Tools and Technology

Reconstructing Mammalian Cell Lineages
Aileen Constans | Dec 4, 2005 | 1 min read
Adult nematode worms contain 959 somatic cells, and thanks to Nobel laureate John Sulston and colleagues, scientists know the lineage of every one of them.
Mapping MAPK Activation
Aileen Constans | Dec 4, 2005 | 1 min read
are a hot topic these days.
Agilent Launches ChIP-on-Chip
Aileen Constans | Dec 4, 2005 | 1 min read
Chromatin immunoprecipitation (ChIP), or location analysis, is an antibody-based method for identifying the segments of DNA recognized by a particular transcription factor in a native chromatin environment.
GFT NMR Proves Its Structural Genomics Mettle
Aileen Constans | Dec 4, 2005 | 1 min read
G-matrix Fourier transform (GFT) NMR, a technique developed several years ago for rapid collection of nuclear magnetic resonance data, has been used to determine the structures of eight proteins in less than a month.1 "People usually work for many months for one structure. And even a year is not unusual," says coauthor Thomas Szyperski of the University of Buffalo. [see related story, page 36]The work demonstrates for the first time that GFT NMR works on a "real world" scale, meaning a protein c
Measuring Protein Concentrations in Live Cells
Sarah Rothman | Dec 4, 2005 | 2 min read
data that's essential for mathematical modeling of biological pathways.
on Your Screen
Karen Heyman | Nov 20, 2005 | 2 min read
Brian Fisher, curator of entomology at the California Academy of Sciences, has such enthusiasm for ants, he can make you feel guilty over spraying the little devils in your kitchen.
JR Minkel | Nov 20, 2005 | 1 min read
Two independent groups have demonstrated a new method for purifying proteins that may offer a simpler, cheaper alternative to large-scale column purification.
Crystallography for Everyone
Bennett Daviss | Nov 20, 2005 | 1 min read
The Bruker AXS Smart Breeze X-ray crystallography system is an instrument that lives up to its name, says Bruker spokesperson Susan Byram.
A cDNA Library, Literally
Lissa Harris | Nov 20, 2005 | 2 min read
Geneticists subject to late-night bouts of inspiration generally have to write down their good ideas.
A Crystal Ball for Protein Separations?
Aileen Constans | Nov 6, 2005 | 2 min read
An interdisciplinary team at Rensselaer Polytechnic Institute (RPI) in Troy, NY, has developed a computer program that uses protein structural information to predict how proteins separate on a chromatography column.1 "This is something that is usually done by trial and error, but in this case we've used information from the experiment to build a computer model that enables us to make that prediction," explains coauthor Curt Breneman, a computational chemist at RPI.The technique first takes exper
A Personal Microarray Scribe
Josh Roberts | Nov 6, 2005 | 1 min read
Foot soldiers in the "Omics revolution" have an ally in the BioOdyssey Calligrapher MiniArrayer, a new entry into the benchtop microarray printing arena from Bio-Rad Laboratories.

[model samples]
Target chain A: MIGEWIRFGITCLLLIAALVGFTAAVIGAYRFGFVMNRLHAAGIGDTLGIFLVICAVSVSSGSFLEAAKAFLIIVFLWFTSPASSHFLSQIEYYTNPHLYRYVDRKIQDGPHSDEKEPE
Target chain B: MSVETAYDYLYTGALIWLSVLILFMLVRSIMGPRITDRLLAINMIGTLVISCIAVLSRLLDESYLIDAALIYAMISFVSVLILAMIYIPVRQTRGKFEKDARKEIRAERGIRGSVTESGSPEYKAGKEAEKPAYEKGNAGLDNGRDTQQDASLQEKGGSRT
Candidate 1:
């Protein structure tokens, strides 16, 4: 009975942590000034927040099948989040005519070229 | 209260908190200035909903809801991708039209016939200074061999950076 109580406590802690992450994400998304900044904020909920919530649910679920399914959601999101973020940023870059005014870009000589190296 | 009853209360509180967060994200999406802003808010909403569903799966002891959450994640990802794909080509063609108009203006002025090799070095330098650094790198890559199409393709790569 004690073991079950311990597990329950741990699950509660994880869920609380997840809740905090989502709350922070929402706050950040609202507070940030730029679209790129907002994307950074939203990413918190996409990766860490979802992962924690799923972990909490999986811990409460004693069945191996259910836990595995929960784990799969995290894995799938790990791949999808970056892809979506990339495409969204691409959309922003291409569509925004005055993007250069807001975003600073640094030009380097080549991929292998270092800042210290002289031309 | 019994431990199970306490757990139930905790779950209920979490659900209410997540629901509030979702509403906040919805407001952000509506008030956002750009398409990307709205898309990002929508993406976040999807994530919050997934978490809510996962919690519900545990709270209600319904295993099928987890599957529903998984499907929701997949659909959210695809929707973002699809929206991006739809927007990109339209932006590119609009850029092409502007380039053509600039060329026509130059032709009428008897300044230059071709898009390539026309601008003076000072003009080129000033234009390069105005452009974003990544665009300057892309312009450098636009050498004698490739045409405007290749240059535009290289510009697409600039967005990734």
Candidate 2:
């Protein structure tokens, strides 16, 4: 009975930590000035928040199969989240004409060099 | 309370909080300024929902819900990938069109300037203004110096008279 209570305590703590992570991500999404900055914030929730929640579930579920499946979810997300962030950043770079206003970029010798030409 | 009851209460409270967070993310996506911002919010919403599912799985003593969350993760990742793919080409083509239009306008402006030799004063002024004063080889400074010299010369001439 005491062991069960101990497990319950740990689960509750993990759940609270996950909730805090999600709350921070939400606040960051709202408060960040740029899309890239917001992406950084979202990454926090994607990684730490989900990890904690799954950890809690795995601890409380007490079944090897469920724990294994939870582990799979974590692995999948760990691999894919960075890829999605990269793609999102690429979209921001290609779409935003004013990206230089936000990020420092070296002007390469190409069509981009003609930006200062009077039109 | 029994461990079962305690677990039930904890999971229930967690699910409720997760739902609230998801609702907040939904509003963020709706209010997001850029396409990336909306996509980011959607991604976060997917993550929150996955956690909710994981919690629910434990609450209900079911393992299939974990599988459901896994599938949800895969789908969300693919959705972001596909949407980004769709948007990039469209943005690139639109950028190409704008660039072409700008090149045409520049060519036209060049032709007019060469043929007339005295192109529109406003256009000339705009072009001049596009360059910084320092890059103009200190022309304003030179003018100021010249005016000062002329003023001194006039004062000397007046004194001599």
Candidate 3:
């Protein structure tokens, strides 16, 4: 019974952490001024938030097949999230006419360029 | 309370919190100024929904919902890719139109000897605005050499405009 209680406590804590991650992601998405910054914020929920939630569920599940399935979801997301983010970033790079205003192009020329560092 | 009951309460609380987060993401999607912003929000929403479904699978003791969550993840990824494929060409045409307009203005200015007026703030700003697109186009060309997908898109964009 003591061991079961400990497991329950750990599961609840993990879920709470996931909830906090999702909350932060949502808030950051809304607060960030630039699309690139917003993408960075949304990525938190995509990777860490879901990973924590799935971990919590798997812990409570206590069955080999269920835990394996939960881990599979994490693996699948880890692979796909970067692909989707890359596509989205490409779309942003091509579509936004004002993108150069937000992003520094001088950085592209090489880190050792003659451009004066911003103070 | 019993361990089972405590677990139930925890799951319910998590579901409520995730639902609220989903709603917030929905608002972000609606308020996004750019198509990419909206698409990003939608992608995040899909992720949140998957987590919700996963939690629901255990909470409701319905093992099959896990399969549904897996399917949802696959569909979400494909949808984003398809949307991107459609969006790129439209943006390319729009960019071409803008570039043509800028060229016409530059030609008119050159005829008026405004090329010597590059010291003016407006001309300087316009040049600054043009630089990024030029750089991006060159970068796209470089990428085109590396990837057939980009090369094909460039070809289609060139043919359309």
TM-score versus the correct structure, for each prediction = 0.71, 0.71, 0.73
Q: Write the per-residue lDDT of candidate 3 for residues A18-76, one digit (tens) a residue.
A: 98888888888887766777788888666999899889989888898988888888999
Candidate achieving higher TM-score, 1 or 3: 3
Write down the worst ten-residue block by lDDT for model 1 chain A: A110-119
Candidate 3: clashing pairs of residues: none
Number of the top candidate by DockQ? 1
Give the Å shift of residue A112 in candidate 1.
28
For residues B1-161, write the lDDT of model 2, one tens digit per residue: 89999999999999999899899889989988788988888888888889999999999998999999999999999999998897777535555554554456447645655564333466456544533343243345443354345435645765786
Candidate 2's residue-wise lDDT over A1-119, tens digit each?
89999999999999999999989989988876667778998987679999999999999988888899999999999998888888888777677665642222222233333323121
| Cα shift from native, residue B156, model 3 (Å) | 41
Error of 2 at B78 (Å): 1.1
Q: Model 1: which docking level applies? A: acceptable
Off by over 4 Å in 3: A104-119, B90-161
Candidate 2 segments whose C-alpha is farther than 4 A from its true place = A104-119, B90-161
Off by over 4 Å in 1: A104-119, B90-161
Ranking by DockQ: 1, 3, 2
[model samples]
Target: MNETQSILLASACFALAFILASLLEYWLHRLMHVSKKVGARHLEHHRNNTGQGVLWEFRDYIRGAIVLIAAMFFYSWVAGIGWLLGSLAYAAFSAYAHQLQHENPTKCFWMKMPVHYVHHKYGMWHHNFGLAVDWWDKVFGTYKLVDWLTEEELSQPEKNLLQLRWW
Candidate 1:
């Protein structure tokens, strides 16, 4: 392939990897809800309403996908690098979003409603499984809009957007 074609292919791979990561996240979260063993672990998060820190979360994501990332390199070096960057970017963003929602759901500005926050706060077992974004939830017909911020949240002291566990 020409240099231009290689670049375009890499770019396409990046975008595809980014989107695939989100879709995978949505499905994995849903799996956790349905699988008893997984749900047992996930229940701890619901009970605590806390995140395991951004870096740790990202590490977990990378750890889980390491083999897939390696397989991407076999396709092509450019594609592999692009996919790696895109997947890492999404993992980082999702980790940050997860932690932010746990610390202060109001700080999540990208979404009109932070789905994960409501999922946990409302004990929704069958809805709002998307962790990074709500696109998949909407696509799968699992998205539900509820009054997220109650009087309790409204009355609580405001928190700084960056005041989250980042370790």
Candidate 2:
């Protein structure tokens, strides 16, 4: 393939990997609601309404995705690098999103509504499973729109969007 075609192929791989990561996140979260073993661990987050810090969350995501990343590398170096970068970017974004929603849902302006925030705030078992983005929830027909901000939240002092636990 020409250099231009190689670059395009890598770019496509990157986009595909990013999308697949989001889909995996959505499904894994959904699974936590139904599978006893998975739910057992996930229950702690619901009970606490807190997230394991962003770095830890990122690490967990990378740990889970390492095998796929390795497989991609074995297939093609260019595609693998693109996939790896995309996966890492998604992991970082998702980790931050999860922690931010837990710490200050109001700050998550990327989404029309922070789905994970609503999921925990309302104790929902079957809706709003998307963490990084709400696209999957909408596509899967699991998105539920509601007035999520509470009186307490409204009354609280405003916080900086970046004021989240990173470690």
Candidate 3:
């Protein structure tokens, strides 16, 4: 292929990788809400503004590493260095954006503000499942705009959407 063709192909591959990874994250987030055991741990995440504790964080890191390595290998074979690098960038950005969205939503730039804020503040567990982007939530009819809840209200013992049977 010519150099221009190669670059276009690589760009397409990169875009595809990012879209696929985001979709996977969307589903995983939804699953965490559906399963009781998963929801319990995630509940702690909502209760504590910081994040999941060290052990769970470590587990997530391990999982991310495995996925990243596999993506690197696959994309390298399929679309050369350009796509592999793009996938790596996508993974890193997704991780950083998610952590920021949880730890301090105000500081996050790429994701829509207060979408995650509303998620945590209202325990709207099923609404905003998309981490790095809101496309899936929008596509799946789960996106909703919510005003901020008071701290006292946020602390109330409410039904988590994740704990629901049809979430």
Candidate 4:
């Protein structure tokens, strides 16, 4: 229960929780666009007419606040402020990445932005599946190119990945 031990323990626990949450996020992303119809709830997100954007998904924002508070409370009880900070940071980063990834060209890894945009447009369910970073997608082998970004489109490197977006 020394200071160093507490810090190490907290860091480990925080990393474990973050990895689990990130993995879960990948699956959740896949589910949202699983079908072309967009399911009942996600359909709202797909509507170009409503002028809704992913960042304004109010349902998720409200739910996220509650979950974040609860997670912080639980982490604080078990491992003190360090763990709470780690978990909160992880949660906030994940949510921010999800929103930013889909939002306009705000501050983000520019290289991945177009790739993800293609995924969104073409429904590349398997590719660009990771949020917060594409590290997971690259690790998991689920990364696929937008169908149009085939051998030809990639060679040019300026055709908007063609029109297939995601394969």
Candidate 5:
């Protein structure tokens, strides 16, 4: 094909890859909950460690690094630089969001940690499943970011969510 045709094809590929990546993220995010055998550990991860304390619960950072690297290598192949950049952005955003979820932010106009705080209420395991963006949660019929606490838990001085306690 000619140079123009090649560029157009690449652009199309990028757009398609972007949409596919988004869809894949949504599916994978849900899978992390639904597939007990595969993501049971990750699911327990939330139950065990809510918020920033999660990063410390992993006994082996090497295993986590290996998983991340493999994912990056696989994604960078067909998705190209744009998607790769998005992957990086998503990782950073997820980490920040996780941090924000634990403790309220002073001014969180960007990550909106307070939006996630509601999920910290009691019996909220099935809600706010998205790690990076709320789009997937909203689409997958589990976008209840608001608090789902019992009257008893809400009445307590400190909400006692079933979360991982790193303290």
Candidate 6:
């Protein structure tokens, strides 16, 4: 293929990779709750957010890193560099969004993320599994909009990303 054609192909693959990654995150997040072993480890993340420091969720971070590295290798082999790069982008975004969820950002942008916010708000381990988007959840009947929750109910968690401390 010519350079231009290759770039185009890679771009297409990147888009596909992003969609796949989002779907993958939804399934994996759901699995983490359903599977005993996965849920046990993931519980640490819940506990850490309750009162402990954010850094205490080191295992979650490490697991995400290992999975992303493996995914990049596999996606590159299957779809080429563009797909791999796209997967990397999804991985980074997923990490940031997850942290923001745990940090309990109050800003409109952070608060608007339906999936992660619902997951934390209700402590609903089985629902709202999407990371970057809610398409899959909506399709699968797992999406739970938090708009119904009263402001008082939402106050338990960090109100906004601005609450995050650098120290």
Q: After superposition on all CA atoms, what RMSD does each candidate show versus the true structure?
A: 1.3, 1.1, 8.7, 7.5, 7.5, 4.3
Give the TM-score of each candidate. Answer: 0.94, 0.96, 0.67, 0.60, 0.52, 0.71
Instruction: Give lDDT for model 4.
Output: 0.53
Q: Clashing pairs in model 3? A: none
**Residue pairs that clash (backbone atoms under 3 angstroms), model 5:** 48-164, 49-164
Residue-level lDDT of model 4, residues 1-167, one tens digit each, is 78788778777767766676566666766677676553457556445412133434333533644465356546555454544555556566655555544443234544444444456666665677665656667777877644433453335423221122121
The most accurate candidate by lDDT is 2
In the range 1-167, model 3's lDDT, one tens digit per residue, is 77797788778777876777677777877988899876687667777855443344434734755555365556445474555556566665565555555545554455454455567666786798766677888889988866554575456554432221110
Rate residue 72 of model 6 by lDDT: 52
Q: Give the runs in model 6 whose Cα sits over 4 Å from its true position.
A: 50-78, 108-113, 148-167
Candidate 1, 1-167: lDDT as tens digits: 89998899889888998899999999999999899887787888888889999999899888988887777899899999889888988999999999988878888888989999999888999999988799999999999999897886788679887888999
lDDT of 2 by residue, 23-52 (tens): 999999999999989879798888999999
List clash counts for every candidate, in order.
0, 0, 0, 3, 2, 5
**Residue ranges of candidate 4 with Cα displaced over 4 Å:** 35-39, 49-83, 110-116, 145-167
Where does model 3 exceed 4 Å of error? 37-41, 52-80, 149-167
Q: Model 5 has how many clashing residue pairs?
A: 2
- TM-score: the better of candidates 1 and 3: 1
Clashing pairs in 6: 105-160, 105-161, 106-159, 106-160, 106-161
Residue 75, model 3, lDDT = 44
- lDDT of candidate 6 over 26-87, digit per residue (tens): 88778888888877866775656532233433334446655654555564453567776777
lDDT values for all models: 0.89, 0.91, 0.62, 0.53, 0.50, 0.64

Genes Get a PiggyBac Ride
Lissa Harris | Nov 6, 2005 | 2 min read
they have been a boon to scientists.
Blue-Light Special
Aileen Constans | Nov 6, 2005 | 1 min read
Researchers imaging DNA gels can put away their UV-protective gear.
Affordable Gel Image Analysis
Aileen Constans | Nov 6, 2005 | 1 min read
has just released the G:BOX, a modular image analysis system designed for a range of applications and budgets.
Carbon Dating for Cells?
Jasmin Chua | Oct 23, 2005 | 2 min read
The cells in our body are continually replaced, especially those exposed to the harsher environments of the skin or intestine.
A Bone to Pick
Sarah Rothman | Oct 23, 2005 | 1 min read
A new tissue-engineering method tricks the body into growing its own bone grafts.
Tissue Microarrays Go Coreless
Graciela Flores | Oct 9, 2005 | 2 min read
To study tissue samples from multiple patients, researchers use tissue microarrays (TMAs), a technology in which hundreds of tissue cores are arranged on a single glass slide for analysis by immunostaining or in situ hybridization.
Mission: RNAi
Lissa Harris | Oct 9, 2005 | 1 min read
Most commercially available reagents for RNAi are synthetic oligos, which can yield good results with immortalized cell lines but are less effective in hard-to-transfect primary cells.
Simplify Your Sera with MARS
Josh Roberts | Oct 9, 2005 | 1 min read
With just a few protein comprising 85% to 90% of human serum, low-abundance components can be difficult to identify by mass spectrometry.
Miniaturizing the Chemostat
Sarah Rothman | Oct 9, 2005 | 1 min read
Researchers at Stanford University have miniaturized the chemostat, a device widely used as a steady culture environment for bacterial cultures.1 Using only 16 nanoliters of culture media (nearly 109 less volume than conventional chemostats), the "microchemostat" avoids the problem of biofilm, which grows on chemostat walls and ultimately leaks into the culture media, causing contamination.The group worked out a cleaning scheme in which one of the device's six independent reactors is closed off